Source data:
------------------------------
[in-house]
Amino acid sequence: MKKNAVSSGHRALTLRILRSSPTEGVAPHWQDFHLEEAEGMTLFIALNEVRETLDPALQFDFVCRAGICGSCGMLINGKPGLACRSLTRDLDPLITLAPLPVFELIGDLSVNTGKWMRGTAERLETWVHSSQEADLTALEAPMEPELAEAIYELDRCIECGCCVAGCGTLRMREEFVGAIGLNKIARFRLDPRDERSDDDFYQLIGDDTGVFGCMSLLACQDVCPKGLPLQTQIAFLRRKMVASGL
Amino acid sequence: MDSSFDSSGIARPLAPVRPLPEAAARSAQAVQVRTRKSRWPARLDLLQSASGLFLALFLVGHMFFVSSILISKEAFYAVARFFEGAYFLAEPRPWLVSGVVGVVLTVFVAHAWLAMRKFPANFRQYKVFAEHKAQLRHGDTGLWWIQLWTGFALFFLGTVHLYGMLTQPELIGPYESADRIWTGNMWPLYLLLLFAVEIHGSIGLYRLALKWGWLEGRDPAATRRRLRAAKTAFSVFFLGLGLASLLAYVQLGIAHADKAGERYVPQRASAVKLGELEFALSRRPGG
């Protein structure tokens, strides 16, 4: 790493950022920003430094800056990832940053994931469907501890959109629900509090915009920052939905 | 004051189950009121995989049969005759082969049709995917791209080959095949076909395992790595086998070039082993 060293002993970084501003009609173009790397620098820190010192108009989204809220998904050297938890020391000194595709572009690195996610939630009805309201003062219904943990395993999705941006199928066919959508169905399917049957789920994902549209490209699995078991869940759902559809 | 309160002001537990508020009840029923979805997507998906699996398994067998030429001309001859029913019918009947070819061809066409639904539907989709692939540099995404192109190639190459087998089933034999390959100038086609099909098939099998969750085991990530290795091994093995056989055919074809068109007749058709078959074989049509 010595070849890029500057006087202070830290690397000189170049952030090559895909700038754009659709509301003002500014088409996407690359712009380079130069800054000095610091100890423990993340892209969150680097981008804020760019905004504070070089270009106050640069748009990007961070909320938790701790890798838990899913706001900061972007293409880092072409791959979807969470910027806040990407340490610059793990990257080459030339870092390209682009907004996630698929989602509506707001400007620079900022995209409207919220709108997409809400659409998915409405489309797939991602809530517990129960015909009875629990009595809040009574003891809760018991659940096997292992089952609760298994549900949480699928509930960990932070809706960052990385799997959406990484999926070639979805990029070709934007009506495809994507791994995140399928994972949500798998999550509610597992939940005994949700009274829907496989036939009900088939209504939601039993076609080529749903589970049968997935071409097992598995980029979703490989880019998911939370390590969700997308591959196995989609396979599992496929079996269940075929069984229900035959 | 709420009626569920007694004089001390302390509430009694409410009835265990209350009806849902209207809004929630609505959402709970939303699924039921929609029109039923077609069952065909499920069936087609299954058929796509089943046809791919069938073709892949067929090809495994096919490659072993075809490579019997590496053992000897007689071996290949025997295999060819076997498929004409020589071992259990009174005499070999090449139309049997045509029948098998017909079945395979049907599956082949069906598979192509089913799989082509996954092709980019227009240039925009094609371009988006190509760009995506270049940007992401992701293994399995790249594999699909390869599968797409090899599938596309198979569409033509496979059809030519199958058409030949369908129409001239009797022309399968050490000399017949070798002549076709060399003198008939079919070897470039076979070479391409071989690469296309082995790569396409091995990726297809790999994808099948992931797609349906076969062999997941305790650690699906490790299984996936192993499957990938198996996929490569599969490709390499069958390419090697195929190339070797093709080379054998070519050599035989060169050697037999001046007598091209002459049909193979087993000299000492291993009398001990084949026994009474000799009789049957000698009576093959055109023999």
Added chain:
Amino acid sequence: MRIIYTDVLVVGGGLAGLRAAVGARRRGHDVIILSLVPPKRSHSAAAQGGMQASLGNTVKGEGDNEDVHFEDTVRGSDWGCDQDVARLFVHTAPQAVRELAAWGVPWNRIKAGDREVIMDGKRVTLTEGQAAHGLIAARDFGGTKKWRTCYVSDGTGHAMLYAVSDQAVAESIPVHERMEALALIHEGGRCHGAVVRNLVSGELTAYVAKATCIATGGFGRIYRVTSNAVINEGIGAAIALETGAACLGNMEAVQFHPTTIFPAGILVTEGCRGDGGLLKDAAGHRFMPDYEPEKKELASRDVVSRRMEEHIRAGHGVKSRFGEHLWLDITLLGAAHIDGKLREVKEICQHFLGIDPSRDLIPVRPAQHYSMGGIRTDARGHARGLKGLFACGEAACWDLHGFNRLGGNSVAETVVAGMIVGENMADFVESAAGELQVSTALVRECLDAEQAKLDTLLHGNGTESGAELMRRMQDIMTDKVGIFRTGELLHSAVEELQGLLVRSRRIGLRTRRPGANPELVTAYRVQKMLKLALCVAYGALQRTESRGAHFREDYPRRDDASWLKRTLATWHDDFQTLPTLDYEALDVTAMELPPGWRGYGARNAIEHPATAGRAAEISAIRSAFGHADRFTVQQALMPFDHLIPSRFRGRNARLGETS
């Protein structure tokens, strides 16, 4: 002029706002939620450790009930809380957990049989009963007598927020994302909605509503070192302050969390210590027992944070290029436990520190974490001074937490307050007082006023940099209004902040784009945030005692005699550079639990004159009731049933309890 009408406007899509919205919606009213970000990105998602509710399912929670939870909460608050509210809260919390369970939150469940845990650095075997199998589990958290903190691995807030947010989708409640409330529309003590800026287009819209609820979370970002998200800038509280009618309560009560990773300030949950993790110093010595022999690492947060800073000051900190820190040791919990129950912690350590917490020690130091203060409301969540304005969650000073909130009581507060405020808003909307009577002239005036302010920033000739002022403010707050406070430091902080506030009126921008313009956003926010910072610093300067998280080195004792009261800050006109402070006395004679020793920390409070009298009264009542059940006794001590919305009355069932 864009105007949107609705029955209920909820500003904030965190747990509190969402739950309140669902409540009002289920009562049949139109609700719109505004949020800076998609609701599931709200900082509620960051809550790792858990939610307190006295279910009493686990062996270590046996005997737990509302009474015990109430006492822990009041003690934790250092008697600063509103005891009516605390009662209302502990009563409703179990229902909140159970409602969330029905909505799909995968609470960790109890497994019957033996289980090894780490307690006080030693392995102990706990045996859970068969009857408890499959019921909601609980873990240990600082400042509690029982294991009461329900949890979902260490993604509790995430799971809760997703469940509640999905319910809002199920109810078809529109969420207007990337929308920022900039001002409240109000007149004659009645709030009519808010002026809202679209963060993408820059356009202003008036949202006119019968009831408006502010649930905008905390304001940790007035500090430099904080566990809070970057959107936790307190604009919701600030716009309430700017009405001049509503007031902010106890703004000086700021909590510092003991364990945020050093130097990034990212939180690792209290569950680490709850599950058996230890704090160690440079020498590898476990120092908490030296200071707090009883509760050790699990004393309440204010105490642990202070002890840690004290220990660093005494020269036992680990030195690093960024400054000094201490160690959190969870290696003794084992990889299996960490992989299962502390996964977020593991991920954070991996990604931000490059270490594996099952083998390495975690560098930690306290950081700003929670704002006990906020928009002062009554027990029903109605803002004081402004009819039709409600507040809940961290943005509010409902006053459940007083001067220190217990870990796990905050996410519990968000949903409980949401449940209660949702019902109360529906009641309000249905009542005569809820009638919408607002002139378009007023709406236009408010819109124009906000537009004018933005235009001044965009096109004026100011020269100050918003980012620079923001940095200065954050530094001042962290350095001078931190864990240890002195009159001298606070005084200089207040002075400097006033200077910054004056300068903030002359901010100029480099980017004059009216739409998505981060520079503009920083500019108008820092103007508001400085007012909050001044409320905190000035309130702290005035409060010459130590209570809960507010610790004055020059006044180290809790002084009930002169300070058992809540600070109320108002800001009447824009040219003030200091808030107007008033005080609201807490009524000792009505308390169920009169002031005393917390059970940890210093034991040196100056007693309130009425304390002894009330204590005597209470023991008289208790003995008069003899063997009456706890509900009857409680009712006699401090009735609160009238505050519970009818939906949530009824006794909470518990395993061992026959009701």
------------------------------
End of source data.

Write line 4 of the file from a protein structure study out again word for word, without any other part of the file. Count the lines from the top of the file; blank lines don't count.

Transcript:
């Protein structure tokens, strides 16, 4: 790493950022920003430094800056990832940053994931469907501890959109629900509090915009920052939905 | 004051189950009121995989049969005759082969049709995917791209080959095949076909395992790595086998070039082993 060293002993970084501003009609173009790397620098820190010192108009989204809220998904050297938890020391000194595709572009690195996610939630009805309201003062219904943990395993999705941006199928066919959508169905399917049957789920994902549209490209699995078991869940759902559809 | 309160002001537990508020009840029923979805997507998906699996398994067998030429001309001859029913019918009947070819061809066409639904539907989709692939540099995404192109190639190459087998089933034999390959100038086609099909098939099998969750085991990530290795091994093995056989055919074809068109007749058709078959074989049509 010595070849890029500057006087202070830290690397000189170049952030090559895909700038754009659709509301003002500014088409996407690359712009380079130069800054000095610091100890423990993340892209969150680097981008804020760019905004504070070089270009106050640069748009990007961070909320938790701790890798838990899913706001900061972007293409880092072409791959979807969470910027806040990407340490610059793990990257080459030339870092390209682009907004996630698929989602509506707001400007620079900022995209409207919220709108997409809400659409998915409405489309797939991602809530517990129960015909009875629990009595809040009574003891809760018991659940096997292992089952609760298994549900949480699928509930960990932070809706960052990385799997959406990484999926070639979805990029070709934007009506495809994507791994995140399928994972949500798998999550509610597992939940005994949700009274829907496989036939009900088939209504939601039993076609080529749903589970049968997935071409097992598995980029979703490989880019998911939370390590969700997308591959196995989609396979599992496929079996269940075929069984229900035959 | 709420009626569920007694004089001390302390509430009694409410009835265990209350009806849902209207809004929630609505959402709970939303699924039921929609029109039923077609069952065909499920069936087609299954058929796509089943046809791919069938073709892949067929090809495994096919490659072993075809490579019997590496053992000897007689071996290949025997295999060819076997498929004409020589071992259990009174005499070999090449139309049997045509029948098998017909079945395979049907599956082949069906598979192509089913799989082509996954092709980019227009240039925009094609371009988006190509760009995506270049940007992401992701293994399995790249594999699909390869599968797409090899599938596309198979569409033509496979059809030519199958058409030949369908129409001239009797022309399968050490000399017949070798002549076709060399003198008939079919070897470039076979070479391409071989690469296309082995790569396409091995990726297809790999994808099948992931797609349906076969062999997941305790650690699906490790299984996936192993499957990938198996996929490569599969490709390499069958390419090697195929190339070797093709080379054998070519050599035989060169050697037999001046007598091209002459049909193979087993000299000492291993009398001990084949026994009474000799009789049957000698009576093959055109023999």